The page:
For Alonso Ortiz, sustainability manager in Mexico, caring for nature and people shaped a career path filled with adventure
Alonso Ortiz and his wife Ana-Paula are enjoying a mango juice on the airy, shady terrace of a resort in Cabo San Lucas, Mexico. Behind them, the deep hue of the ocean at the tip of Baja California, where the Pacific and the Sea of Cortez meet, gives off purplish glints.
“I love it here,” says the Sustainability and Community Outreach Manager for real estate development company Twin Dolphin. After enjoying ten years on the Caribbean Coast of Mexico, he was lured to the edge of the Pacific by an opportunity he couldn’t refuse. His current employer owns a residential complex, a hotel and a golf course at the tip of Baja California, a vacation spot favored by Mexicans from the mainland and North-Americans alike.
Because the area is subjected to a 6-month hurricane season, locals are well aware of the crucial role played by healthy coral reefs in protecting the shore from powerful waves and currents. Alonso gestures towards the sea behind him. “Whether you’re a staff member, a home owner or a guest at a Twin Dolphin property, you’re going to be able to watch your coral grow over the next few years and observe the environmental benefits,” Alonso proudly says of a recent coral reef restoration project in Santa Maria Bay, which he coordinated on behalf on his employer in partnership with the Autonomous University of Baja California Sur, with the participation of many members of the Twin Dolphin community.
“I know we need natural resources but there are limits to how much we can take and how much the Earth can provide,” Alonso says. “It is interesting to me that an organization like Global Footprint Network is working on calculating the date when we touch the limit each year!”
Alonso is no stranger to marine ecosystem and wildlife conservation. As a longtime Greenpeace volunteer, he crewed for three months on the NGO’s boat Esperanza, patrolling the Indian Ocean between Madagascar and Singapore in 2013 to deter and report on illegal fishing practices. “There you see these huge ships with no authorization going after sharks, even dolphins and sea turtles,” he said.
Back in Mexico, the beaches of the Riviera Maya, a stretch of Caribbean coastline on the northeastern Yucatán Peninsula where Alonso worked for four years in mangrove restoration, are some of the world’s most important nesting sites for loggerhead, leatherback, and hawksbill (“carey” in Spanish) sea turtles. As a staff member of the Flora, Fauna and Cultura, the NGO that orchestrates the annual Campamento Tortuguero (Turtle Camp), Alonso found himself supervising the logistics of recruiting and transporting dozens of volunteers from around the world who would help protect nests located in unsafe locations, move the turtle eggs to a safer location when necessary, and safely release tens of thousands of hatched baby turtles to the sea each year.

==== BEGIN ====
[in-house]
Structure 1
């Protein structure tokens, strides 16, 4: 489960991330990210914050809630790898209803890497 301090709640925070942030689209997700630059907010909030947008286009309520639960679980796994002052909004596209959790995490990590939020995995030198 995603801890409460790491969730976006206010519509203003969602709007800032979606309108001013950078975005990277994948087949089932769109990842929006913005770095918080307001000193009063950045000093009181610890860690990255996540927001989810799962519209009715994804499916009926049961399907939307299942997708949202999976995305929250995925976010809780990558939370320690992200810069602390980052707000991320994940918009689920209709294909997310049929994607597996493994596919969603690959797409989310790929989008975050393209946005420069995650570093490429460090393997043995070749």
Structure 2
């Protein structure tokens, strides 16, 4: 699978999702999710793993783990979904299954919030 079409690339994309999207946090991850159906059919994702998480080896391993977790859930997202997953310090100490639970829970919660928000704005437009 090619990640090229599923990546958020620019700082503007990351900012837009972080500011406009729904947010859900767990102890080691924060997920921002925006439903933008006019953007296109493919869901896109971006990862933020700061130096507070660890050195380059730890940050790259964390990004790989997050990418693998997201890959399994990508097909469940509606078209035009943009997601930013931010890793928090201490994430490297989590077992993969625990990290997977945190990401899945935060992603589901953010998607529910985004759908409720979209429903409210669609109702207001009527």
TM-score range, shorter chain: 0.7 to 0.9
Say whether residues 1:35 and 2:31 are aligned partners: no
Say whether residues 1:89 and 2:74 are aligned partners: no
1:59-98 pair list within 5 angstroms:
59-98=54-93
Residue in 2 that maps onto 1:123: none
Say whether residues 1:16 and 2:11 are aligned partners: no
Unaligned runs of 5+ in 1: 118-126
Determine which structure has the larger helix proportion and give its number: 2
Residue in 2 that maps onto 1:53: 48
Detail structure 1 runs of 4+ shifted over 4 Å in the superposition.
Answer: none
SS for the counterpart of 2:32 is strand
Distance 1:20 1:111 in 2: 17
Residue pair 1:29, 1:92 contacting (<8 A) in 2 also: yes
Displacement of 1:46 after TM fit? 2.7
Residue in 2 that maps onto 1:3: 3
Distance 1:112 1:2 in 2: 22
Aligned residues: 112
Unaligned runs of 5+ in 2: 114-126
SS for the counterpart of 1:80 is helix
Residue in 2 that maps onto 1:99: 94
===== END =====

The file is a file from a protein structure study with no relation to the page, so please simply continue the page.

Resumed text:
The ecotourism experience helped fundraise for the NGO while creating lasting positive memories which the participants would happily share online.
That’s when a hotel in the Riviera Maya area took notice and hired Alonso as their sustainability manager. The hospitality establishment had embarked on the Rainforest Alliance sustainability grading system and needed help to improve their social grade. “The Rainforest Alliance gave us the indicators to improve; I just had to execute,” Alonso says.
Besides giving back to the community through fundraising events with guests, Alonso participated in his riskiest adventure yet: paddling in a canoe through treacherous currents to Cozumel, an island some 20 kilometers off the coast of the Riviera Maya where the Mayans worshipped the goddess Ix Chel, and back. Travesia Sagrada Maya (‘Sacred Mayan Crossings’) takes place in May or June each year. Sponsored by the hotel, Alonso and his teammates trained for six months, swimming, paddling, and caring for their canoe. “For the Maya, this was a mystical journey in which they were deeply affected by their experience with the forces of nature,” Alonso explains. “For sure, the currents are so strong you can’t paddle in a straight line. At least 30 canoes took to sea. Hotel guests were invited to greet us when we left and when we came back. It was unforgettable.”
In Cabo, quieter adventures await on land also. In an area where stray dogs and cats abound and act as disease vectors, Alonso works to support the animal shelters run by the Humane Society, donating food and medical supplies. Meanwhile, a short drive north along the Pacific Coast, the boarding school in Todos Santos, a community made famous locally and in the United States by its crops of fresh produce, is still operating at half capacity because of the pandemic. Its 40 students, aged 4 to 14, have been sent over multiple generations to get an education by farming families scattered throughout the region’s dry and empty landscape. The new kitchen, dorms, bathrooms, air conditioning, even computers and school supplies donated through Alonso’s efforts are waiting for the return of a full cohort at the start of the new school year. The recently rehabilitated orchard will be ready for young minds and hands to learn to care for it.